Make Ending Gender-Based Violence Global Priority, FIDA Urges Leaders


Alex Enumah in Abuja

The International Federation of Women Lawyers (FIDA) in Nigeria, has said that it would take concerted efforts of all, including global leaders, to end violence against women and children

The FIDA Nigeria also decried the continuing escalation in gender based violence in the country, and warned that it is high time laws deterring such crimes be implemented to the fullest.

The group made the charge while unveiling the activities it has lined up to mark this year’s annual 16 Days Activism on Ending Gender-Based Violence (GBV).

In her address to journalists in Abuja yesterday, Country Vice President/National President, Mrs. Rhoda Tyoden, said that the accelerated adoption of the VAPP Act, the Child Rights Act in all states, and the review of the Penal Code to be in with the VAPP Act will greatly reduce gender based violence in the country.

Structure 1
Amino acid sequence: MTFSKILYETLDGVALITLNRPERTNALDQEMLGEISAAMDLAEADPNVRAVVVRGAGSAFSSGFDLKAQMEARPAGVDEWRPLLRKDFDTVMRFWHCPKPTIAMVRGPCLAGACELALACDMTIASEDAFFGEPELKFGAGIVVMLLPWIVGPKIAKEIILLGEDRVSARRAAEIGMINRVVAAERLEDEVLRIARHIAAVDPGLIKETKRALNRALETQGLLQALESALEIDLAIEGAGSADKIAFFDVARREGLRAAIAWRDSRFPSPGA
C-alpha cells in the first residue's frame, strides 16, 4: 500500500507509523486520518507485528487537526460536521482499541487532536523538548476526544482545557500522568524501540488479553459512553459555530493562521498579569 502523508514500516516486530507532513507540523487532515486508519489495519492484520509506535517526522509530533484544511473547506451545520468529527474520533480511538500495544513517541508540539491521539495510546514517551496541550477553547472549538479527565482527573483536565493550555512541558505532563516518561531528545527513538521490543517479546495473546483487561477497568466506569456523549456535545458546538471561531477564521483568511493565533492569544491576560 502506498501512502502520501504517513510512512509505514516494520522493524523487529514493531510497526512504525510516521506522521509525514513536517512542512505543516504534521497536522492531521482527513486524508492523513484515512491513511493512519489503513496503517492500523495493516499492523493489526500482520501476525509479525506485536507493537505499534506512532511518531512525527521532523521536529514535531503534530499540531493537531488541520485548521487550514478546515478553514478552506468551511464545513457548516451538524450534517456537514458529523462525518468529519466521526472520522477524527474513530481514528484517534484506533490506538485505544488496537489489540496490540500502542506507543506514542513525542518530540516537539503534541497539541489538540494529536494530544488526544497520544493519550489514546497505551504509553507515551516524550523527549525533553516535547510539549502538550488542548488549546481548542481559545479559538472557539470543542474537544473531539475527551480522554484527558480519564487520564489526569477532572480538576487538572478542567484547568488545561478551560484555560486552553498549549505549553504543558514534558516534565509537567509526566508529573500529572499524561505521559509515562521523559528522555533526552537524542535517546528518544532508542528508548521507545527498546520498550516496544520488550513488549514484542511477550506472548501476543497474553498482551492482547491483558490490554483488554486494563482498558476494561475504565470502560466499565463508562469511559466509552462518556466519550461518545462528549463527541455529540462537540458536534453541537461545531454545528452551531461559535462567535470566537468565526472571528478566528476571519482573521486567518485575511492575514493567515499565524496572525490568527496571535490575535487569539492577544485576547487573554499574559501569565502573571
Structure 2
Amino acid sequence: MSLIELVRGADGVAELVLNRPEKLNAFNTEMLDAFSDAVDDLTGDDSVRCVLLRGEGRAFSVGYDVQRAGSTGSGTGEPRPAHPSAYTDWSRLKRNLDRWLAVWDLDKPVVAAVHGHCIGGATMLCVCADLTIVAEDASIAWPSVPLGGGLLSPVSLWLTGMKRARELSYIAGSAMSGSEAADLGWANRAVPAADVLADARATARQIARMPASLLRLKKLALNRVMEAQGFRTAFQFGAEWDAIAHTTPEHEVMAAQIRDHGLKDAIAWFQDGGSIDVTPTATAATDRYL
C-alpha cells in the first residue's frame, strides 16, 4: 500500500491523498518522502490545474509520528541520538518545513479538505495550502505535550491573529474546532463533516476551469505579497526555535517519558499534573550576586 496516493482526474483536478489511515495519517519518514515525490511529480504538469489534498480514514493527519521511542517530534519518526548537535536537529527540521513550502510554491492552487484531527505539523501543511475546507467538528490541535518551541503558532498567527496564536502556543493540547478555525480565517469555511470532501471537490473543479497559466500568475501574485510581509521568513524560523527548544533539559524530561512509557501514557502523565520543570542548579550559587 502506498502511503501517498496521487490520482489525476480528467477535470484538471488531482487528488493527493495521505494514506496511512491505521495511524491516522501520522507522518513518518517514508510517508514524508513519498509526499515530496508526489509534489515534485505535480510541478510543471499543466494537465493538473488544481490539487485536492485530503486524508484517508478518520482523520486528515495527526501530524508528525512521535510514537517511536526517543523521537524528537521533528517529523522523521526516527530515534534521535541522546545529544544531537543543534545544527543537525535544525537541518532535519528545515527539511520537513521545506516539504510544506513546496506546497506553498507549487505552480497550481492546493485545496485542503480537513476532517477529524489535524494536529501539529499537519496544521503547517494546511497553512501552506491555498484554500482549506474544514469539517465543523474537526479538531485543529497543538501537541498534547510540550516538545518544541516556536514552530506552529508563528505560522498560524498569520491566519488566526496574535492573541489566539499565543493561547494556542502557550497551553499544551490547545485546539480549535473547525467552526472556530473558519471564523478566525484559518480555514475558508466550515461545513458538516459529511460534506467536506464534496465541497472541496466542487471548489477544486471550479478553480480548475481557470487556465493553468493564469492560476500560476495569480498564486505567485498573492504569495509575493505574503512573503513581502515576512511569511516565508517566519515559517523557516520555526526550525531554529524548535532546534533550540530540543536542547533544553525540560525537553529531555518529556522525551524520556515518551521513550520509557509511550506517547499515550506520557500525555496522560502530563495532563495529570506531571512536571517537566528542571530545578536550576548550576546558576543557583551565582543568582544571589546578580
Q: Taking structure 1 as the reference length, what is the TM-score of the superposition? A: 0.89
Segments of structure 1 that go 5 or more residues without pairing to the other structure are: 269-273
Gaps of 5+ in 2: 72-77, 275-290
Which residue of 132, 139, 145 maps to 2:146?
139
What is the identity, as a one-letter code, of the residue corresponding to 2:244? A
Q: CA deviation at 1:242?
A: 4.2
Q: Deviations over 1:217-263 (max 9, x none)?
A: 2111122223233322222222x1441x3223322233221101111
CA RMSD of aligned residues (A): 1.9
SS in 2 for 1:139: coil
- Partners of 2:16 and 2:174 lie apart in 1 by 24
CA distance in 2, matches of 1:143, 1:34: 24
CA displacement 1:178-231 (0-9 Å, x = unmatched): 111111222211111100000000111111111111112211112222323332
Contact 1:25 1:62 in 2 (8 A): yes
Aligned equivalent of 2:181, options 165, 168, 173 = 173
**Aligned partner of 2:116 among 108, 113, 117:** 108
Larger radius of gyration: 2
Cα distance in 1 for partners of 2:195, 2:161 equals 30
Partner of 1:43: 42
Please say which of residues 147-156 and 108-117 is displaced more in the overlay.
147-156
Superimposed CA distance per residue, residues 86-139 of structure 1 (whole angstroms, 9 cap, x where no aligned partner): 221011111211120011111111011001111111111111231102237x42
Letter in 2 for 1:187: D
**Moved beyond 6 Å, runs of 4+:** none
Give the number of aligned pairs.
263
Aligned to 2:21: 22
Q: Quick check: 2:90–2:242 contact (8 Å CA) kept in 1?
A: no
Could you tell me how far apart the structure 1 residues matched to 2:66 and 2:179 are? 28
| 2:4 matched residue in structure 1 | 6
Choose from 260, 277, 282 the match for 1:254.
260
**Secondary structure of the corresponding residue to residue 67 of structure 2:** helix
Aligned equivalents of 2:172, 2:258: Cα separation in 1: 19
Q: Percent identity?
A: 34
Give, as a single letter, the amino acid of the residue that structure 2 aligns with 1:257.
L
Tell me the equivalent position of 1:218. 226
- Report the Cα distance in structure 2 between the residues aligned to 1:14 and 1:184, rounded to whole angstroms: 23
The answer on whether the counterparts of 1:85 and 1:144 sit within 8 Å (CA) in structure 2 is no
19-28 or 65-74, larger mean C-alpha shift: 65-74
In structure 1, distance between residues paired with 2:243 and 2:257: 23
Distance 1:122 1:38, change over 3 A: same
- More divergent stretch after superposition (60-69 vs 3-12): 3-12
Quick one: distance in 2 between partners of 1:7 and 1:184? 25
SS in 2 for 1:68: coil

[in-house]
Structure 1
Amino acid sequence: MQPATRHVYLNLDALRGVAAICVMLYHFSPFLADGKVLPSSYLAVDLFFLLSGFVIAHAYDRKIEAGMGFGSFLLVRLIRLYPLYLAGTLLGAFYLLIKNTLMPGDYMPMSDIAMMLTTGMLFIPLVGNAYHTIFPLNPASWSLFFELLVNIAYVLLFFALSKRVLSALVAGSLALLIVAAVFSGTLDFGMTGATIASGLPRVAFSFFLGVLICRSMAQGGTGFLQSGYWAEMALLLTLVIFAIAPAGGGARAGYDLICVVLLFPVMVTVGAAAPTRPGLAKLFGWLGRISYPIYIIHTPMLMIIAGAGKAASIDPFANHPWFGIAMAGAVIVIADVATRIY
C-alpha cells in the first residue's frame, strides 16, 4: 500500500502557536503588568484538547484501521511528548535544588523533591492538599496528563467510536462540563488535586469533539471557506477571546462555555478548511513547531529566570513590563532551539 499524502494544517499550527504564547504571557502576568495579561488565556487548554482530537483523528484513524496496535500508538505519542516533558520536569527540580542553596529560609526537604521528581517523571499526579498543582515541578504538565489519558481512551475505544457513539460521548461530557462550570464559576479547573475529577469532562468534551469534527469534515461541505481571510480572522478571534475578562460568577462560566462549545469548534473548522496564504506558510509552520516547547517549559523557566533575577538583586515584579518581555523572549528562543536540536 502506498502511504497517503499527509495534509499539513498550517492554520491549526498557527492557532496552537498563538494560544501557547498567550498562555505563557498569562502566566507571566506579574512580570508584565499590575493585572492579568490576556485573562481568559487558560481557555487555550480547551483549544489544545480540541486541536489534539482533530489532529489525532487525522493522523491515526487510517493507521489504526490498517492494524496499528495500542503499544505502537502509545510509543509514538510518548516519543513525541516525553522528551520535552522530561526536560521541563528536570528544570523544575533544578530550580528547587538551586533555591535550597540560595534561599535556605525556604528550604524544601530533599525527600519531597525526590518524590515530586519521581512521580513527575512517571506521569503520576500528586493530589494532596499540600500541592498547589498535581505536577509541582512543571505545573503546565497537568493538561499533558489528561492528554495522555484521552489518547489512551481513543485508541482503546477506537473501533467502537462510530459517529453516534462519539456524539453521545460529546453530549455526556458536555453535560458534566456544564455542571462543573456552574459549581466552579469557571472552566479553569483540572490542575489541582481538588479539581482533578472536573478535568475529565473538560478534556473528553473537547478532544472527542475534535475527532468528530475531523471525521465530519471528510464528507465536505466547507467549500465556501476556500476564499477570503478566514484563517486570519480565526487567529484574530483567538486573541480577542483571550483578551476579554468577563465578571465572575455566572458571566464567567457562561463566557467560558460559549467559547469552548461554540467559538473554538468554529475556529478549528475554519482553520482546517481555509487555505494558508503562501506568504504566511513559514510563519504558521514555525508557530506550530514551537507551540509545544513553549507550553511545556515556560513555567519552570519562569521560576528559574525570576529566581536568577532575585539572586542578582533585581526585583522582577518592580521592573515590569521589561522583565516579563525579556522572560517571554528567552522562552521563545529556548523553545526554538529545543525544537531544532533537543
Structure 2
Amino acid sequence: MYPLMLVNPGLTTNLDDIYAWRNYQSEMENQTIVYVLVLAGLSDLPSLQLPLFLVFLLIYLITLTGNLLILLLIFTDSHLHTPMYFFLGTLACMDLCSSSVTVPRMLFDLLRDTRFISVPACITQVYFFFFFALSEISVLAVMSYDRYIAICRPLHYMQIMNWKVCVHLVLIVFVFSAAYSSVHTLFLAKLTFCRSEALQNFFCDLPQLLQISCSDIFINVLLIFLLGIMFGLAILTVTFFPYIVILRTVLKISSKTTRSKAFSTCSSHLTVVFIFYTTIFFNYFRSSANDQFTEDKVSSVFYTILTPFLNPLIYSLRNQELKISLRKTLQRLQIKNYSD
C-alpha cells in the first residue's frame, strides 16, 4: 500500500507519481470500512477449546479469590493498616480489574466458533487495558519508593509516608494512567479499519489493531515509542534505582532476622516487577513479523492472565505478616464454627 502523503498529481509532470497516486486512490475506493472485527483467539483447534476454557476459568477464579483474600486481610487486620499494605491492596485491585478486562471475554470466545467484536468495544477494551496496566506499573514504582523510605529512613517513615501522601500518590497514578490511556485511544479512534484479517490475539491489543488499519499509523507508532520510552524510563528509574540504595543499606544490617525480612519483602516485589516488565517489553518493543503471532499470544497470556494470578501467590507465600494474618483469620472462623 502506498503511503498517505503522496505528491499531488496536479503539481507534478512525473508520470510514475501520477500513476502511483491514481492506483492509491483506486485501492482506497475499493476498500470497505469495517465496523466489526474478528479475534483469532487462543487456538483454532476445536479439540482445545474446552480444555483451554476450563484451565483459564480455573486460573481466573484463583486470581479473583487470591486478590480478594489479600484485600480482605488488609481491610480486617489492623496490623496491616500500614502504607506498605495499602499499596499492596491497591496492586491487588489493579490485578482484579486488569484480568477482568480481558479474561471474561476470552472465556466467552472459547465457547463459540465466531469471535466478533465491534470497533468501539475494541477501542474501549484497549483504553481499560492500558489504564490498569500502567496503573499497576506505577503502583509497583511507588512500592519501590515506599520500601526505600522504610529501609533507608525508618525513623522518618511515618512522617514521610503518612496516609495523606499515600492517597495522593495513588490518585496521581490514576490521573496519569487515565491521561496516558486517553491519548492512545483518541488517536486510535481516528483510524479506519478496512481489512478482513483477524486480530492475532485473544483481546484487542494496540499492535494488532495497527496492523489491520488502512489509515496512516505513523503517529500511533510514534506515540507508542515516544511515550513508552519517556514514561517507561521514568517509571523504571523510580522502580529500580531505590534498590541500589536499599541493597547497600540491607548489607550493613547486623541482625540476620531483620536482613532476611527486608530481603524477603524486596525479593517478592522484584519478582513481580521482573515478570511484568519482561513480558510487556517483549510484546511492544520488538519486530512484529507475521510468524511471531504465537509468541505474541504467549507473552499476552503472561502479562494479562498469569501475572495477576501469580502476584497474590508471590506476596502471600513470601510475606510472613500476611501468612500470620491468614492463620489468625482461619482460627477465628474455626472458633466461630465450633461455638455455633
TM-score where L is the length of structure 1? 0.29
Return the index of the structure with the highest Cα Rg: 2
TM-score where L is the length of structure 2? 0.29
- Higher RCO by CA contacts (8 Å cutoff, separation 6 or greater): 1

“Putting an end to gender-based violence and discrimination is a global priority that requires collective action, consequently, as the world marks this year’s 16 days of Activism against gender-based violence, FIDA Nigeria calls on all stakeholders to collectively join hands together in this activism campaign through mass sensitisation, prevention, protection and enforcement measures to ensure the elimination of these ills in our society,” she said.

“We insist on the enforcement and implementation of all legislation related to gender-based violence” which she noted, “should be followed to the later and encourage stakeholders to collaborate and develop implementation emergency response plans.”

The group further appealed for better continuous community and sector dialogue with practical activities to foster improved interventions.

Tyoden said: “FIDA Nigeria remains committed to the fight to eliminate all forms of gender-based violence, and shall continue to advance the cause, fund and support programs, respond to calls, and take early leads in the prevention of all forms of GBV against the vulnerable in society.”

She expressed strong believe that when women are not safe, they cannot grow healthy and “as such cannot provide the requisite care needed by their families (the resultant effect is dysfunctional families); nor can women likewise positively contribute to the growth and development of their communities.

“FIDA Nigeria’s commitment remains resolute in the protection, promotion and preservation of the rights of women and children, and will continue to provide free legal representation and advice to survivors of GBV in Nigeria,” she said.